AsyncBridge? Async on .NET 4.0 using VS11

I’ve just found something quite cool. It’s a code snippet that lets you use the real VS 11 C#5 compiler to write code that uses the async and await keywords, but to target .NET 4.0. It was published by Daniel Grunwald (from SharpDevelop).

That means I can stop using the Async CTP for VS2010, which is not at all supported anymore, and a pain to install if you have windows updates turned on. Obviously I couldn’t ask all my users to install .NET 4.5 beta, but .NET Demon is a VS 2010 extension, so we already have .NET 4.0. At the time of writing, VS11 is in beta still, but hopefully it’s stable enough for my team to use!

I would have written the code myself, but I had the wrong impression that the C# 5 beta compiler only looked in mscorlib for the helper classes it needs to implement async methods. Turns out you can provide them yourself.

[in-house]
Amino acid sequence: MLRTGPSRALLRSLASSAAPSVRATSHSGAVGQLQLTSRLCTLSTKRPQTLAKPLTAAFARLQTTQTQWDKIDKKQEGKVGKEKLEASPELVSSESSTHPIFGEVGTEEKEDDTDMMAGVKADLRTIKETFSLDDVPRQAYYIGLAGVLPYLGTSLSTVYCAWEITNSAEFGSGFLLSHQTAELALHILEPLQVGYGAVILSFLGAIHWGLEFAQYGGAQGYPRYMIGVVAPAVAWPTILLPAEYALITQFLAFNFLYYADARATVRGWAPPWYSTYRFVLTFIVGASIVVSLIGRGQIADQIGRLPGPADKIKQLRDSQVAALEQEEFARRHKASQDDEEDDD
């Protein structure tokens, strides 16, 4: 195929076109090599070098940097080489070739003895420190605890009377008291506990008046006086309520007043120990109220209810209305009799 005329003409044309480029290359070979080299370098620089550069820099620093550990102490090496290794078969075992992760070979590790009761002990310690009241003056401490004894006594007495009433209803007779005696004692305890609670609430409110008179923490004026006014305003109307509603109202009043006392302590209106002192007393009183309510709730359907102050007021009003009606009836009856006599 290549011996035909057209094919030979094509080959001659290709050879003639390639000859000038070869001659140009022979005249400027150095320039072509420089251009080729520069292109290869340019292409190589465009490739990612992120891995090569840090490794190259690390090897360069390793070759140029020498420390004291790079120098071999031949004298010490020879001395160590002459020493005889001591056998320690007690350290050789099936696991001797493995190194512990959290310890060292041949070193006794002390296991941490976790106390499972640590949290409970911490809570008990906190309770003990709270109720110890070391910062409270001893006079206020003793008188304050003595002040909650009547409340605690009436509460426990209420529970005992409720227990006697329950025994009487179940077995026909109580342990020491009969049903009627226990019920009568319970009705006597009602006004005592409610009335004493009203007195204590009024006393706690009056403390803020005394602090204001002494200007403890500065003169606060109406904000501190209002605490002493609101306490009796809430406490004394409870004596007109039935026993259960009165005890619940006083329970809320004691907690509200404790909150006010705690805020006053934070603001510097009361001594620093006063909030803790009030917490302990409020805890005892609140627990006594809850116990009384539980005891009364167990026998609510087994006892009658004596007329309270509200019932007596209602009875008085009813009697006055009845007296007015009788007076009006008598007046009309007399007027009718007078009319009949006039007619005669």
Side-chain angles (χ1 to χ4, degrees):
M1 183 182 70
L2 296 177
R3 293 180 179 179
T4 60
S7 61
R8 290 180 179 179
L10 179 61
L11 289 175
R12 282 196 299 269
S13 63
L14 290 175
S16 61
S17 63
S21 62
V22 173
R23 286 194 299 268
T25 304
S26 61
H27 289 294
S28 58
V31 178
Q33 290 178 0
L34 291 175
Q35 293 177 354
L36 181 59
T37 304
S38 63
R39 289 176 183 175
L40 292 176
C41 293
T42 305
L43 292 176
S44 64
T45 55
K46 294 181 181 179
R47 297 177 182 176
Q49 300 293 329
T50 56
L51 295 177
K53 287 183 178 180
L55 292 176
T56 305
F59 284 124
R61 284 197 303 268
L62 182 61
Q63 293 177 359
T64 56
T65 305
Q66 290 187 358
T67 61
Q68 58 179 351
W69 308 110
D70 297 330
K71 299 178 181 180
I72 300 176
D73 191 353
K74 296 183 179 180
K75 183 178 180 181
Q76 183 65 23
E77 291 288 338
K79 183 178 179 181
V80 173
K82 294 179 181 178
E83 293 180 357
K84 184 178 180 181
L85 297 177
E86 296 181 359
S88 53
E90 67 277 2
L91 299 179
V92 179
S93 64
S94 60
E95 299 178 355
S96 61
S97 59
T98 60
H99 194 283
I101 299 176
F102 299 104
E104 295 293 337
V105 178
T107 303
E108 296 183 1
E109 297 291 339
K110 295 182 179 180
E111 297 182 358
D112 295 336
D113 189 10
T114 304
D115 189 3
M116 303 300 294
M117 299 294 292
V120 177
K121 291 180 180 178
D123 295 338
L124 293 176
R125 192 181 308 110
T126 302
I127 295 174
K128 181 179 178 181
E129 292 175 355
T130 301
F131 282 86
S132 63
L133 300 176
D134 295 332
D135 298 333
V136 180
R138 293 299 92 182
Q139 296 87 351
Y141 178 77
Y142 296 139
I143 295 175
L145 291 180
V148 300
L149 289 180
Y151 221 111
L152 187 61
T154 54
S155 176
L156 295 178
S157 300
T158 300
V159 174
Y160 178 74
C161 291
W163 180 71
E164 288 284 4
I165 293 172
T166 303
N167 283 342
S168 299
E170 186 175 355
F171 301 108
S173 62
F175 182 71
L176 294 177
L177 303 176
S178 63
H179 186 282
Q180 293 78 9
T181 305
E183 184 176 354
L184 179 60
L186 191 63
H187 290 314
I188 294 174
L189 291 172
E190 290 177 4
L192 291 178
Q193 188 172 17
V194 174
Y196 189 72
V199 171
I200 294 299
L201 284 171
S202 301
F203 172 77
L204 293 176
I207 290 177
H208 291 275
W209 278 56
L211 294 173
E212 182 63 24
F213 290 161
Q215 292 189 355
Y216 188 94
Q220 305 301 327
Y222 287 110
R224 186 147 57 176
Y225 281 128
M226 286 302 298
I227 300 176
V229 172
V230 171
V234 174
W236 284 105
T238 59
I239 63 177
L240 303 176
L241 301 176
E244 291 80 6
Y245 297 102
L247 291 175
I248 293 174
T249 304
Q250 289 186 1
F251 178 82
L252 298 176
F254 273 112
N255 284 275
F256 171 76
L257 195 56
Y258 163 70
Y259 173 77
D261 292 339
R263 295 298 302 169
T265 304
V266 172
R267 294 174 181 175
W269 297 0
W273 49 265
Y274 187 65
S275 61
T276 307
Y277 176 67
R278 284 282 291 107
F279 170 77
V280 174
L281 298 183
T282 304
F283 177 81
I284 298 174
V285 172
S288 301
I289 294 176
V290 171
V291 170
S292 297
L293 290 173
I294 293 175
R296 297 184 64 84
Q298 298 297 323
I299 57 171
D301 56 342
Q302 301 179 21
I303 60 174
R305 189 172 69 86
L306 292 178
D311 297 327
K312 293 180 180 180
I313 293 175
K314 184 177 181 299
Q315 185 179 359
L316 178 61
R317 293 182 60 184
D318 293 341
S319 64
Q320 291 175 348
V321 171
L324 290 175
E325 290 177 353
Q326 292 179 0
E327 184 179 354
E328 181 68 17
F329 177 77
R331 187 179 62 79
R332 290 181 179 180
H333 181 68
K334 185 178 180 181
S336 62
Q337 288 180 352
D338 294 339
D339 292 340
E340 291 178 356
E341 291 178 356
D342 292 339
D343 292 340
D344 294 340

You can get the code here:

You just add it to your project, and the compiler will apparently pick it up and use it to implement async/await. I’m at my parents’ place for Easter without access to a machine with VS 11 to try it out. Let me know whether you get it to work!

This reminds me of LINQBridge, which let us use C# 3 LINQ, but only require .NET 2. We should stick up a webpage to explain, with a nice easy dll, put it in nuget, and call it AsyncBridge.

If you were really enthusiastic, you could re-implement the skeleton of the Task Parallel Library against .NET 2 to use async/await without even requiring .NET 4. Our usage stats suggest that practically everyone that uses Red Gate tools already has .NET 4 installed though, so I don’t think I’ll go to the effort.